• Production-wise, formulaic music does not age well. Down the road, it will have no personality, and it might just sound gimmicky or bland.

As you can see, this becomes a pretty nasty pattern for creativity, as things that are slightly outside “the norm” might get rejected unless they’ve been charted by bigger names (which is why DJs get bombarded with promos).

For example, here are some formulas that a genre might have:

  • Use of a specific sample. It can be a type of kick (i.e. 909 for techno, 303 bass-lines for acid).
  • An effect (i.e. lush reverbs for dub techno).
  • A swing type (i.e. the 65% MPC swing in house).
  • Programmed sequence (i.e. trap has a very recognizable way of using hats and snare, minimal techno has a particular way of using backgrounds).
  • Structure (i.e. the use of long breakdowns and bass drops in some genre that have become the norm).

Potential Solutions

To be aware that formulas exists is already a huge step forward, as you are mindful of the potential trap you might have fallen into. Some people often say to me that they just want to make the music they like, and not worry so much. That’s great, but there are also other options, such as:

  • Take the common denominator of a genre and add something new. This is a good way not to throw people off too much. For instance, in the “deep minimal” section, I noticed that the hi-hats are all quite similar—these types of hi-hats could be your anchor to build from while adding something new. If you really care about your sound, I’d encourage you to spend some time listening to the top 10 of whatever genres you’re interested in to see how people are working. This way you won’t repeat the same thing (this is the opposite approach some people will outline if your goal is to make a “hit”).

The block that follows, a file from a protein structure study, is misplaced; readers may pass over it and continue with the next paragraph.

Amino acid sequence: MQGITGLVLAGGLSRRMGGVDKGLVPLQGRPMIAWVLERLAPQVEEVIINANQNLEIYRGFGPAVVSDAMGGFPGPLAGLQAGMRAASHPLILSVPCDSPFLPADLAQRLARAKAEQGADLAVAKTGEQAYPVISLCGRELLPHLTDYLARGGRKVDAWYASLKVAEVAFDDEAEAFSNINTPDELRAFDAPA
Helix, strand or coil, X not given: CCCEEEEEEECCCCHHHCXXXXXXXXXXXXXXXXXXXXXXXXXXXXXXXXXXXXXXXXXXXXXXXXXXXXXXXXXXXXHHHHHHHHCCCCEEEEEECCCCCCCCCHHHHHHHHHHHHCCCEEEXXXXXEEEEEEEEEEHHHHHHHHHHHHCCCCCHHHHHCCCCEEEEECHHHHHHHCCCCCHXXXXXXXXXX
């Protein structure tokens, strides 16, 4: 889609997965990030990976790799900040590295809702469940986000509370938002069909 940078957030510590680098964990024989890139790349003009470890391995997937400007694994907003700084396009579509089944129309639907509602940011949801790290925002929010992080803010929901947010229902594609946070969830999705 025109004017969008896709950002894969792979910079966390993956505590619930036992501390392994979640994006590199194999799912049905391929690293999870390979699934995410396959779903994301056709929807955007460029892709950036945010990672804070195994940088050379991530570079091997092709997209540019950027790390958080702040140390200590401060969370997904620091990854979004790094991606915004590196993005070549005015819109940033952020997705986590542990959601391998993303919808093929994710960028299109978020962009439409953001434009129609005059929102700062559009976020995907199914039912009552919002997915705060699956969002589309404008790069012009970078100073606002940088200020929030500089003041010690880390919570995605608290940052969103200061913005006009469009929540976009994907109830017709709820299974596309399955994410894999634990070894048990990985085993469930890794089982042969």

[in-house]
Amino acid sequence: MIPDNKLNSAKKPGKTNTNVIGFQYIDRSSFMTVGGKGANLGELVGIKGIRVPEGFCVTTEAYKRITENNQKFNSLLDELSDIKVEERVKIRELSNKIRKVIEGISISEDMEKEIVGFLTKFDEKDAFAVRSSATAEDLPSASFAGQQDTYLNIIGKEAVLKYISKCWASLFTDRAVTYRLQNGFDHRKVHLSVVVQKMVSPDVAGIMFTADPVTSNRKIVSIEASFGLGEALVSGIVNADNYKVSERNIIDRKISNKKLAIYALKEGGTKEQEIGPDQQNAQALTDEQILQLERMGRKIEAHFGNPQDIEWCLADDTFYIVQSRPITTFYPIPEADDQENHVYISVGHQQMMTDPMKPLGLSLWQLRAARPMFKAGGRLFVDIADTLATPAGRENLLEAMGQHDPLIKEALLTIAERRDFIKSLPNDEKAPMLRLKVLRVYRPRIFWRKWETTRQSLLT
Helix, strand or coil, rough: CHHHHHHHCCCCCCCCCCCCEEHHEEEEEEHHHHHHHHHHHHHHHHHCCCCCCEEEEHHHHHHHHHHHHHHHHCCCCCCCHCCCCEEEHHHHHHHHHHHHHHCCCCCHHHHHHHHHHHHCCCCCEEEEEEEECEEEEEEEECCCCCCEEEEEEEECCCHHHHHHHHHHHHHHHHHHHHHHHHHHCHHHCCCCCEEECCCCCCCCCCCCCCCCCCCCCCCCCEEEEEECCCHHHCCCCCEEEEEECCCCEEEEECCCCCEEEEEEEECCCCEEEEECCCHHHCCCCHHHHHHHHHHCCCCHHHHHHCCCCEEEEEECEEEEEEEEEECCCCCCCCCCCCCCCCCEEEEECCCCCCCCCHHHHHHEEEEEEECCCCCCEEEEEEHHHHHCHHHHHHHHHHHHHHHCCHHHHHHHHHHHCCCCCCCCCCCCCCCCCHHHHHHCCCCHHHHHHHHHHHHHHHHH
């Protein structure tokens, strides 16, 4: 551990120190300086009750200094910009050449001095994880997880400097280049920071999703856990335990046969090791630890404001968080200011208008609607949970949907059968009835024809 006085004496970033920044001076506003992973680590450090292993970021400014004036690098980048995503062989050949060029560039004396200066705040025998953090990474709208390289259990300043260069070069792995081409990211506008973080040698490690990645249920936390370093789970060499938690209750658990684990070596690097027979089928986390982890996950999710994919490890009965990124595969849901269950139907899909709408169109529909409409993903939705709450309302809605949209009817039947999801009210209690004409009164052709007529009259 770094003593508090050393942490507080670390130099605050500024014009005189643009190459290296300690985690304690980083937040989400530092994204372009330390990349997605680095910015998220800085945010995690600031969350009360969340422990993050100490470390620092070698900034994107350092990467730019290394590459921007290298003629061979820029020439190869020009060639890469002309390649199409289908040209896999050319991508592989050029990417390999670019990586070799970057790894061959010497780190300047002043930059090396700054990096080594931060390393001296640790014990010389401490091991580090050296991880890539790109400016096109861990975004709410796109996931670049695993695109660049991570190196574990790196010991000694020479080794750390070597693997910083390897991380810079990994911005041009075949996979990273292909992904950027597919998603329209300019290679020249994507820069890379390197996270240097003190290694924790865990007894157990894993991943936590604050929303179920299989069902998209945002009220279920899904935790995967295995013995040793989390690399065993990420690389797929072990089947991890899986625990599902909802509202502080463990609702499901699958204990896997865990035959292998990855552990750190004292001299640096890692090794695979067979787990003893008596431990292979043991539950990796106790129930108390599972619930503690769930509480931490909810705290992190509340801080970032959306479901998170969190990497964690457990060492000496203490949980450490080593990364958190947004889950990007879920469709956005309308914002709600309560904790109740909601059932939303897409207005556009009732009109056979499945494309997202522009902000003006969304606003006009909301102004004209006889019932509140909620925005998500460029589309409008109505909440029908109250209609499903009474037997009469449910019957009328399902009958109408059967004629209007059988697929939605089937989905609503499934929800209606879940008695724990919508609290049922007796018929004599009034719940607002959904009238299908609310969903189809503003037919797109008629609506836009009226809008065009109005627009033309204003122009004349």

• Do you have a personal signature sound? Some artists like to record themselves making a specific sound, or will design something that they use for each track they make. This is usually a good idea to make yourself a bit more personable.
  • I often discuss the use of reference tracks while producing, especially in the arrangement section. You can see and hear how a track is built, and make decision to counter certain recurrent use of a structure. For instance, if you notice that multiple tracks are often taking a kick-pause around 1 minute before bringing a bass, perhaps you might want to do the opposite by bringing the bass before 1 minute and do a kick-pause at 1:15, for example—mess with expectations.
  • One of the pitfalls people tend to fall into is thinking that adding elements will create a new style, but I find that removing is often the key. Stripping down what you have and really working existing sounds might create better results and can point you in new directions. For instance, when I work on a clap, I like to have 4 different variations total; that’s all.

The Availability of Samples

Online stores offer quality samples based on what’s in demand from producers. Sometimes, they’ll even approach successful artists to propose using a sample pack of a certain type. While you can use samples as they are, if you create a few loops of your own this way, you’ll automatically sound like a trend. It should be no surprise that I encourage you to tweak all your samples at least a little.